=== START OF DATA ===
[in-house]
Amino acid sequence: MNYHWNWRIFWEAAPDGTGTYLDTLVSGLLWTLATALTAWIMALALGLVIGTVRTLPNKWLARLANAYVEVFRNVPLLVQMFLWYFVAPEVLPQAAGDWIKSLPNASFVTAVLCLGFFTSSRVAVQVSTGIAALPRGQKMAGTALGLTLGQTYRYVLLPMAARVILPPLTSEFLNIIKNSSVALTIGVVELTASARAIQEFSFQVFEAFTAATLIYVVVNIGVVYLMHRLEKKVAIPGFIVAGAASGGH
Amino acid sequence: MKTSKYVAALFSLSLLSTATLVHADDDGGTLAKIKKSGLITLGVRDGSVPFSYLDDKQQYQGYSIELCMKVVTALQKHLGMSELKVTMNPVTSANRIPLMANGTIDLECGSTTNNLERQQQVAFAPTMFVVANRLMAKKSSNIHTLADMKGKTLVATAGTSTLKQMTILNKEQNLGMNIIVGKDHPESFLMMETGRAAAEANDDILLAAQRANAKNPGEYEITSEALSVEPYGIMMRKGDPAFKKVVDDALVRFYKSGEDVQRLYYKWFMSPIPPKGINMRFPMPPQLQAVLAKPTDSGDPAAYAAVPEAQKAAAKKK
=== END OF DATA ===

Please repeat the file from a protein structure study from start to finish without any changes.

[in-house]
Amino acid sequence: MNYHWNWRIFWEAAPDGTGTYLDTLVSGLLWTLATALTAWIMALALGLVIGTVRTLPNKWLARLANAYVEVFRNVPLLVQMFLWYFVAPEVLPQAAGDWIKSLPNASFVTAVLCLGFFTSSRVAVQVSTGIAALPRGQKMAGTALGLTLGQTYRYVLLPMAARVILPPLTSEFLNIIKNSSVALTIGVVELTASARAIQEFSFQVFEAFTAATLIYVVVNIGVVYLMHRLEKKVAIPGFIVAGAASGGH
Amino acid sequence: MKTSKYVAALFSLSLLSTATLVHADDDGGTLAKIKKSGLITLGVRDGSVPFSYLDDKQQYQGYSIELCMKVVTALQKHLGMSELKVTMNPVTSANRIPLMANGTIDLECGSTTNNLERQQQVAFAPTMFVVANRLMAKKSSNIHTLADMKGKTLVATAGTSTLKQMTILNKEQNLGMNIIVGKDHPESFLMMETGRAAAEANDDILLAAQRANAKNPGEYEITSEALSVEPYGIMMRKGDPAFKKVVDDALVRFYKSGEDVQRLYYKWFMSPIPPKGINMRFPMPPQLQAVLAKPTDSGDPAAYAAVPEAQKAAAKKK